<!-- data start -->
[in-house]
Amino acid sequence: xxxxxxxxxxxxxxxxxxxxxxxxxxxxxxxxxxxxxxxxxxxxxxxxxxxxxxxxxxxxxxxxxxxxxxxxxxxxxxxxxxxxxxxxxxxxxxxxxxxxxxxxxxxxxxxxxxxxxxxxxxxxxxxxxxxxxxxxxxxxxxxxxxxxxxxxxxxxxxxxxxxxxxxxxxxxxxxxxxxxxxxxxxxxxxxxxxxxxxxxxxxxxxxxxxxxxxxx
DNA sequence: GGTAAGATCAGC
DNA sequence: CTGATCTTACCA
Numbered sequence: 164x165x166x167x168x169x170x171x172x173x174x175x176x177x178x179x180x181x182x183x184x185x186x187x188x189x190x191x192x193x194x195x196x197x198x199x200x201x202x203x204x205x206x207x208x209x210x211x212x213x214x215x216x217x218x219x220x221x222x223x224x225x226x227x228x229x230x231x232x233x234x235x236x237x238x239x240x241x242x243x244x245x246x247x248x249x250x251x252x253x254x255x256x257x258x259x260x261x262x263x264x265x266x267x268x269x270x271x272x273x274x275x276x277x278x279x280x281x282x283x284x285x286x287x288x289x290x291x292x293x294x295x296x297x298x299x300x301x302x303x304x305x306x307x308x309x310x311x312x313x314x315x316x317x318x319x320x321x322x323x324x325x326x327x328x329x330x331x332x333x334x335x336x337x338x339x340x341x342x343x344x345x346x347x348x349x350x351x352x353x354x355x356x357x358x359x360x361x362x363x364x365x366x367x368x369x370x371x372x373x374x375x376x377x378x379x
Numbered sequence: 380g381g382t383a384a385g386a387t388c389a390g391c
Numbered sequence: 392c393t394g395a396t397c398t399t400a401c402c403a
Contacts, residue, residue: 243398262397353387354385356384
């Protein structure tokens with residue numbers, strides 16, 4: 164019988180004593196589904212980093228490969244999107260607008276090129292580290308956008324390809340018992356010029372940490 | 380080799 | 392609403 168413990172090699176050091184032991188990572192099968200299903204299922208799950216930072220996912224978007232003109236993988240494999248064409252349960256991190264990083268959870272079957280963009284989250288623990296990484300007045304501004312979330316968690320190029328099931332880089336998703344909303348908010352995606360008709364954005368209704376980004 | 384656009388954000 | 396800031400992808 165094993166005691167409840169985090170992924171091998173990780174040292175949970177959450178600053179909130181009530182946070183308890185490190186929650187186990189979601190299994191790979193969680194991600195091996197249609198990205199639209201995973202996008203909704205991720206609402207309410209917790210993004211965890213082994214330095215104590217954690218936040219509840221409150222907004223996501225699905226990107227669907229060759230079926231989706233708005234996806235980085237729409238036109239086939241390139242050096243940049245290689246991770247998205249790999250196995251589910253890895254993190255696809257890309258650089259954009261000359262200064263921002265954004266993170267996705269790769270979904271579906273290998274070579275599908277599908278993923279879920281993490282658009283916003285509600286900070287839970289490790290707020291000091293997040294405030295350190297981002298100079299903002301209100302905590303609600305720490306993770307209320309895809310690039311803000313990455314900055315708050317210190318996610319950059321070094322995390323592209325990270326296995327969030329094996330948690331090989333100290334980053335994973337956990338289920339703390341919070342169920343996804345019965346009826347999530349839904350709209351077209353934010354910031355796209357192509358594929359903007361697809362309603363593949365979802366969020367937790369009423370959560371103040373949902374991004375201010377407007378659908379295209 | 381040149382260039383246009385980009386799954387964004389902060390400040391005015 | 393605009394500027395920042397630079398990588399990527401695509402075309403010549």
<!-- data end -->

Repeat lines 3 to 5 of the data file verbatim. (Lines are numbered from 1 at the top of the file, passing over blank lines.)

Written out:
DNA sequence: GGTAAGATCAGC
DNA sequence: CTGATCTTACCA
Numbered sequence: 164x165x166x167x168x169x170x171x172x173x174x175x176x177x178x179x180x181x182x183x184x185x186x187x188x189x190x191x192x193x194x195x196x197x198x199x200x201x202x203x204x205x206x207x208x209x210x211x212x213x214x215x216x217x218x219x220x221x222x223x224x225x226x227x228x229x230x231x232x233x234x235x236x237x238x239x240x241x242x243x244x245x246x247x248x249x250x251x252x253x254x255x256x257x258x259x260x261x262x263x264x265x266x267x268x269x270x271x272x273x274x275x276x277x278x279x280x281x282x283x284x285x286x287x288x289x290x291x292x293x294x295x296x297x298x299x300x301x302x303x304x305x306x307x308x309x310x311x312x313x314x315x316x317x318x319x320x321x322x323x324x325x326x327x328x329x330x331x332x333x334x335x336x337x338x339x340x341x342x343x344x345x346x347x348x349x350x351x352x353x354x355x356x357x358x359x360x361x362x363x364x365x366x367x368x369x370x371x372x373x374x375x376x377x378x379x